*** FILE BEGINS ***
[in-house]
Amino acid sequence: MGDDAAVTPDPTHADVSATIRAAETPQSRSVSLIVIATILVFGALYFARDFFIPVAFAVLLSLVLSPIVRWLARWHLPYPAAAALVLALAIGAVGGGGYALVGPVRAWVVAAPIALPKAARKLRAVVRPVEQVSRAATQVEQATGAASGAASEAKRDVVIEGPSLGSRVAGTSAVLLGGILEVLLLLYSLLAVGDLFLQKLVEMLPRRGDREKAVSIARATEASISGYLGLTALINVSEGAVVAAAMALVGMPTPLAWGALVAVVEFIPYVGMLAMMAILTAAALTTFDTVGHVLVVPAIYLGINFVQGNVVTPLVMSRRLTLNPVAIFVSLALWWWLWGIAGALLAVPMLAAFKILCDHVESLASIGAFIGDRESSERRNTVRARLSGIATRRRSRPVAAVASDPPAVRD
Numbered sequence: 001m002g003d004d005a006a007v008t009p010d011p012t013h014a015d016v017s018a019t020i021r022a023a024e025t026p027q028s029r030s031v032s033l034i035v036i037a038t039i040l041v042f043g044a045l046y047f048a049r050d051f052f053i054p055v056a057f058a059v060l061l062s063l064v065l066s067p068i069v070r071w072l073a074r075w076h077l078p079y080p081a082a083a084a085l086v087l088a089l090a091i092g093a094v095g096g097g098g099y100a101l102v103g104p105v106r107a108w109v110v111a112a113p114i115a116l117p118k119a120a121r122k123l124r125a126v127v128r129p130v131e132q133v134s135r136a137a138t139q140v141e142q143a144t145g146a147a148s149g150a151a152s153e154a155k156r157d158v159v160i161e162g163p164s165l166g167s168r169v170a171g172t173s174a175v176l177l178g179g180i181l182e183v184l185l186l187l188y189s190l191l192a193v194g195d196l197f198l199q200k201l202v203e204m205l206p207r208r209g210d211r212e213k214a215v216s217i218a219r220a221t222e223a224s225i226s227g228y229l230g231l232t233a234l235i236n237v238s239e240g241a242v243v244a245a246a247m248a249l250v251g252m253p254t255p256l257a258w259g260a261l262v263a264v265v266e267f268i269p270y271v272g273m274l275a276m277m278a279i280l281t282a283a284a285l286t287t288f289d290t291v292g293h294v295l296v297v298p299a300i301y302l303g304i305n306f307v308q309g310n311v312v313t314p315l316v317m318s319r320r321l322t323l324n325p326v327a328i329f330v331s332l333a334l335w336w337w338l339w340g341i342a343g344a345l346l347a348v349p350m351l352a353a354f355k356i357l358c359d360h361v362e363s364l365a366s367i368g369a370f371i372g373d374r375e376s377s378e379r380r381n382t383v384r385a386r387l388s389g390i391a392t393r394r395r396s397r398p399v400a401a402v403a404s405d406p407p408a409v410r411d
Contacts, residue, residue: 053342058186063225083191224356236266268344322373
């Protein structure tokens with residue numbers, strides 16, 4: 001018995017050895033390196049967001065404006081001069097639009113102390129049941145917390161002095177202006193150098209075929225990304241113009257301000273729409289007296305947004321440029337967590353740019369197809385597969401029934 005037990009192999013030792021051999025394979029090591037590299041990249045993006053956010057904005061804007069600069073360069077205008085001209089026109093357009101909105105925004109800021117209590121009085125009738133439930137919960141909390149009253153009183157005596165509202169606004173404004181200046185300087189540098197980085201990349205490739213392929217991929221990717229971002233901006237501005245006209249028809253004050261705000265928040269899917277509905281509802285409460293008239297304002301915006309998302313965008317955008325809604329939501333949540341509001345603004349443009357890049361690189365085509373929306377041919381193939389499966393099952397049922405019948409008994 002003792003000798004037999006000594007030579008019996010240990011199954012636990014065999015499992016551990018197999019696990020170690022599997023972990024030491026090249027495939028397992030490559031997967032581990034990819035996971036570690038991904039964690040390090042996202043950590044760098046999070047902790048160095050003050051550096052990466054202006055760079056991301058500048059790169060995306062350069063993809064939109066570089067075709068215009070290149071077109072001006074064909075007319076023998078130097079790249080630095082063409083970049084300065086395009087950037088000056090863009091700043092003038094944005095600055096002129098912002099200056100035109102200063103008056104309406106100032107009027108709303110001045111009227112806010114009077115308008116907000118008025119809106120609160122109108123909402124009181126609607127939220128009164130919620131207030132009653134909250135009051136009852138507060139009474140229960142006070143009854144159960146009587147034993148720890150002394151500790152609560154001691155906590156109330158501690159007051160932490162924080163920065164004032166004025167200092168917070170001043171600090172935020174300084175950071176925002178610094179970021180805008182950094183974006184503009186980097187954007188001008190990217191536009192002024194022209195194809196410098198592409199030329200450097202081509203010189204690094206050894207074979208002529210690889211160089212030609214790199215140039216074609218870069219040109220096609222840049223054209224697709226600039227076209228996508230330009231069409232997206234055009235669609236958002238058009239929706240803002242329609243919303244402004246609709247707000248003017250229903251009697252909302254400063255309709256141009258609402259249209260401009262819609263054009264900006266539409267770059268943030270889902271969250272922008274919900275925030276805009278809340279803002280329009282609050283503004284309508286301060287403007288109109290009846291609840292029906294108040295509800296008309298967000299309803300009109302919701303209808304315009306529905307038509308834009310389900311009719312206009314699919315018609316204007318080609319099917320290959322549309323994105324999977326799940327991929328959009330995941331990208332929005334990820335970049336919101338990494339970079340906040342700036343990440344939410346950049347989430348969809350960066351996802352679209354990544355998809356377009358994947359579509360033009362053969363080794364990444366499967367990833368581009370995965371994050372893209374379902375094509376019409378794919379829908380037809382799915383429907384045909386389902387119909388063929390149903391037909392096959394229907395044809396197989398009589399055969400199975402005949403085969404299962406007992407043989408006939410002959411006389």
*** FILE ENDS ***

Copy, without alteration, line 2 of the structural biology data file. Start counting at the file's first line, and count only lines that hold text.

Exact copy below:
Amino acid sequence: MGDDAAVTPDPTHADVSATIRAAETPQSRSVSLIVIATILVFGALYFARDFFIPVAFAVLLSLVLSPIVRWLARWHLPYPAAAALVLALAIGAVGGGGYALVGPVRAWVVAAPIALPKAARKLRAVVRPVEQVSRAATQVEQATGAASGAASEAKRDVVIEGPSLGSRVAGTSAVLLGGILEVLLLLYSLLAVGDLFLQKLVEMLPRRGDREKAVSIARATEASISGYLGLTALINVSEGAVVAAAMALVGMPTPLAWGALVAVVEFIPYVGMLAMMAILTAAALTTFDTVGHVLVVPAIYLGINFVQGNVVTPLVMSRRLTLNPVAIFVSLALWWWLWGIAGALLAVPMLAAFKILCDHVESLASIGAFIGDRESSERRNTVRARLSGIATRRRSRPVAAVASDPPAVRD